So rational Democrats use only a fraction of the “moral spectrum,” rejecting other parts that irrational Republicans include in their approach to the world. And being Republican is a mark of mental illness, as implied above. Isn’t it at least possible that the author has it backward, that liberals and Democrats, however intellectual, are morally stunted?

If Democrats want to understand what makes people vote Republican, they must first understand the full spectrum of American moral concerns. They should then consider whether they can use more of that spectrum themselves.

If my damaged brain is why I am more of a conservative than a liberal (in modern terms), I wonder if it also explains why I feel I need a relationship with God to anchor my life. That’s part of the Anti-Candidate position on FAITH & FAMILY, recently posted over in the forum:

It took us awhile to accede to the faith of our parents — we thought we were too intellectual and sophisticated when we were younger — but having accepted it we did our best to pass it on to our children. And for one key reason: because faith provides an anchor in troubled times, and lifts our vision beyond our current situation and limited circumstances to consider the wider world and our proper place in it.

But that’s just me, and I’m brain-damaged. So don’t take my word for it: give it a try yourself. And let me know how it goes.

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Is SPORE an advertisement for Intelligent Design?

Disclaimer: I’m not an on-line game player (not since playing on-line chess occasionally while I was stationed overseas), so I haven’t played “Spore.” Maybe I will, but I doubt it.

The first things I heard about the game Spore focused on the evolution aspect of the game, and made it sound as if the game was a computer simulation of evolution and natural selection. I didn’t see how that kind of long-term, random mutation simulation could be any fun to play, but it turns out that’s not the focus of the game at all. It’s a game that lets the player act as God, guiding the actions and development of little creatures in the computer.

So I wondered if the game might be a subtle advertisement for Intelligent Design as an alternative theory to evolution. I couldn’t imagine that was the case — not since the game has a tie-in to a National Geographic video. But the ID possibility remained: after all, the player is presumably intelligent. And the player’s intelligence apparently guides the actions of a virtual creature that normally would be acting without volition (i.e., by stimulus-response and “instinct,” however that developed.)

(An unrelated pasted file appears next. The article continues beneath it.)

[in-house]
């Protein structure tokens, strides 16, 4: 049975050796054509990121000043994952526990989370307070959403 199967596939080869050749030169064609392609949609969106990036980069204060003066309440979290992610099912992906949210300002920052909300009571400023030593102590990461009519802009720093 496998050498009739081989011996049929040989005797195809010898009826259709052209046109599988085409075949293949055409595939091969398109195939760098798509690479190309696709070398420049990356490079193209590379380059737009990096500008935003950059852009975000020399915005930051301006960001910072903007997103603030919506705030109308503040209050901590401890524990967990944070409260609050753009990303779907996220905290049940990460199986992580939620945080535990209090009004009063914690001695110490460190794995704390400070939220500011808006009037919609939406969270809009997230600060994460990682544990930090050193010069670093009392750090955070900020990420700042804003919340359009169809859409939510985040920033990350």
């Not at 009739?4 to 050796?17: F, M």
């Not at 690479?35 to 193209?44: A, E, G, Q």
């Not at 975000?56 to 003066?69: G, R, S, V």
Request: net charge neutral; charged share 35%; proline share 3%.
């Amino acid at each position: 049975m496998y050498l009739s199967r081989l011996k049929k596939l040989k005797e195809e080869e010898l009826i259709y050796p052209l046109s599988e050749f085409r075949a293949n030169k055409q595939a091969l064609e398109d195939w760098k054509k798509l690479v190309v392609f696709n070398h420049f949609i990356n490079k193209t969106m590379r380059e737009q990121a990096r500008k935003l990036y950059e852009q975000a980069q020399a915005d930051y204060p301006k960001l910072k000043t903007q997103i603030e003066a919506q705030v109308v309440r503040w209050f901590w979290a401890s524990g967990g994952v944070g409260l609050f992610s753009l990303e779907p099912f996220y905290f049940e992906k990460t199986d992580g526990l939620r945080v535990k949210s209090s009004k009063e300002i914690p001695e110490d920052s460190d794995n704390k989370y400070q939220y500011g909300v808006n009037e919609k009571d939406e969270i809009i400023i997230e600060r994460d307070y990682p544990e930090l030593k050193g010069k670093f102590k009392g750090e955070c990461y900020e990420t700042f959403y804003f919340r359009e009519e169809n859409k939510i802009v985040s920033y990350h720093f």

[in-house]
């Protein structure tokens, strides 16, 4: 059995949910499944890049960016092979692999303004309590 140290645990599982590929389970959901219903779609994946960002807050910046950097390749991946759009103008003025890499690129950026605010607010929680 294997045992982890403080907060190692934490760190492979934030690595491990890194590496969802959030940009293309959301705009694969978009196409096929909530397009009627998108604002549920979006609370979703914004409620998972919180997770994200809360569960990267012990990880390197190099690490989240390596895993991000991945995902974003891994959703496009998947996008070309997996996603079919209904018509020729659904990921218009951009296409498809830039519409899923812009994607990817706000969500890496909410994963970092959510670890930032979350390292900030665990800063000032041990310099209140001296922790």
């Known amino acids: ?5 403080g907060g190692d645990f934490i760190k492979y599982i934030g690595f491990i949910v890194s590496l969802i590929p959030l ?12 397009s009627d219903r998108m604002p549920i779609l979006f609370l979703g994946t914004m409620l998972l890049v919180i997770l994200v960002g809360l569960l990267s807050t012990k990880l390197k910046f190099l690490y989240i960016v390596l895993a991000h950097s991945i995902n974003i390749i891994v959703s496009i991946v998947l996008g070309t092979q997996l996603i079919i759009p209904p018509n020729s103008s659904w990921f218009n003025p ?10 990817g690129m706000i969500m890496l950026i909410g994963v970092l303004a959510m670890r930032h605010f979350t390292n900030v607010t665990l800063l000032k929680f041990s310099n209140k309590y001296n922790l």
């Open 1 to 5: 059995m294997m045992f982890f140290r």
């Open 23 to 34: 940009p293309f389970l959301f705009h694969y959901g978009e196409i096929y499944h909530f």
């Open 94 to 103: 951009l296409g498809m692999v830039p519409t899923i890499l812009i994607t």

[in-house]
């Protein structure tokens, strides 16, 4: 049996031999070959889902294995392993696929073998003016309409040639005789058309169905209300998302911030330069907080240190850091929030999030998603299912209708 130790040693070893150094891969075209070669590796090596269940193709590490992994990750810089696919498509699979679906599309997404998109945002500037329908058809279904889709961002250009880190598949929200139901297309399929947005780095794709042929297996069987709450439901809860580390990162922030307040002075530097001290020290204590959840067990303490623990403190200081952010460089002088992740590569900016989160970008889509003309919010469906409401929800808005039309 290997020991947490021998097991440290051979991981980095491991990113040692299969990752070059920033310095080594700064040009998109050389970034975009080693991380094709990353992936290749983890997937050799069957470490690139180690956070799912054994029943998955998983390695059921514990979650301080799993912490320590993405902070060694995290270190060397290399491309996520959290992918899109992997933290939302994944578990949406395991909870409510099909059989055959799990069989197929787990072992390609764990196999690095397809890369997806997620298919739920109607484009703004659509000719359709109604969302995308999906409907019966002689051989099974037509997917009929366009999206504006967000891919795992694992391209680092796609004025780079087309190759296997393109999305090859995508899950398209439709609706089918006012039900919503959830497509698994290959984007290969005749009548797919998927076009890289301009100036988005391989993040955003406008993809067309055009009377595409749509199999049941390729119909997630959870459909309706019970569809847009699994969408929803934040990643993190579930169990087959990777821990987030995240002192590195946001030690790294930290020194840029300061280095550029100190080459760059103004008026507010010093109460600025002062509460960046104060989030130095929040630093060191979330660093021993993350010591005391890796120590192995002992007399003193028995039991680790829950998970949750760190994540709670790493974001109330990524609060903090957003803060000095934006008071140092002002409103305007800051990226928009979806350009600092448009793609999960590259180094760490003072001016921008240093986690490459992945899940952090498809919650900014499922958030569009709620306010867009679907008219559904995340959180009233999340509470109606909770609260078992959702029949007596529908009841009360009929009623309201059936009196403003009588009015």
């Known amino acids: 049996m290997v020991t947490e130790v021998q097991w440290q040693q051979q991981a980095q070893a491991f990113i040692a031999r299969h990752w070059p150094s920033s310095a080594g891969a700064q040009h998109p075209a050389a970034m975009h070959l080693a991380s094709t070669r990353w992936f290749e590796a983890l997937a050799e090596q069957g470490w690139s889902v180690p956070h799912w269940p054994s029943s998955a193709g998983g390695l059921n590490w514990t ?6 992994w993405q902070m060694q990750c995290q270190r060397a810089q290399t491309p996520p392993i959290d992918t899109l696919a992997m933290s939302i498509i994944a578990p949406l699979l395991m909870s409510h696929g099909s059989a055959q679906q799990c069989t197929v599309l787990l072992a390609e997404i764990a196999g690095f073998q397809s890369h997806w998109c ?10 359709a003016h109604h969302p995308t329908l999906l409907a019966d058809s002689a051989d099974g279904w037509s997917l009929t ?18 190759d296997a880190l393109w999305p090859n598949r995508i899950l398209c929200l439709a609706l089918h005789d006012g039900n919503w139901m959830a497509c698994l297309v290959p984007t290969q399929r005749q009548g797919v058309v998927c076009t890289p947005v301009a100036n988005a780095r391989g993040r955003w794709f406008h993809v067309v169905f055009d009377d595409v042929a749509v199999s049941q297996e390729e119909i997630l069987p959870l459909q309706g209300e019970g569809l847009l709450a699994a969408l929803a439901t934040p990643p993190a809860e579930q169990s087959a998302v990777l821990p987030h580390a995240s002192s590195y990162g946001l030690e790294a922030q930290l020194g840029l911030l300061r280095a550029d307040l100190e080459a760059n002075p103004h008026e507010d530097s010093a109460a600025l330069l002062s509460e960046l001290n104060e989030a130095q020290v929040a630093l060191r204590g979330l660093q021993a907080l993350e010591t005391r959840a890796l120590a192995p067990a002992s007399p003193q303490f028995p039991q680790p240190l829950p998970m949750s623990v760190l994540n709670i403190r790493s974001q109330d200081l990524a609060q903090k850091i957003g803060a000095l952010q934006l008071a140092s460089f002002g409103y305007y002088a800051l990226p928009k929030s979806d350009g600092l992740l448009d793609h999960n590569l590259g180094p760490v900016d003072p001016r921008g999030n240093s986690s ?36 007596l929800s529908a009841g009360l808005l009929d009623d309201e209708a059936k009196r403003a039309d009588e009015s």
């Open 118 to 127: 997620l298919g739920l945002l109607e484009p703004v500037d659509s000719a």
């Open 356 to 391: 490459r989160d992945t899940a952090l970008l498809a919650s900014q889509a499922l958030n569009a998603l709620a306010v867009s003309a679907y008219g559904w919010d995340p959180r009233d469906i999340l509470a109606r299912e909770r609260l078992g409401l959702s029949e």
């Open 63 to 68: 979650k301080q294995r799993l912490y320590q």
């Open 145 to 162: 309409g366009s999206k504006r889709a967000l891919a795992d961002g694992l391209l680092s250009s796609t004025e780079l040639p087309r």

I went to the Spore web site to see if my suspicions were correct. On the “What is Spore?” page, the opening text is, “How will you create the universe?” Then the page enjoins the player to “create and guide your creature through five stages of evolution.”

But life on the virtual planet doesn’t spring out of the local primordial ooze, nor does it give the player the option to “create” life — instead, life arrives inside a meteorite in a computer version of panspermia. So maybe Spore isn’t the best advertisement for ID, since it doesn’t address the central idea of where that life really came from.

I’ll leave the answer to that question up to God.

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Year of the Jubilee

Another of those strange thoughts that come to me from time to time: did the Israelites ever actually celebrate the year of the Jubilee?

The book of Leviticus outlines the requirements for the Jubilee year, which was to come after the seven sabbaths of years (7 * 7 = 49 years), so that every 50th year they should “proclaim liberty throughout all the land unto all the inhabitants thereof.”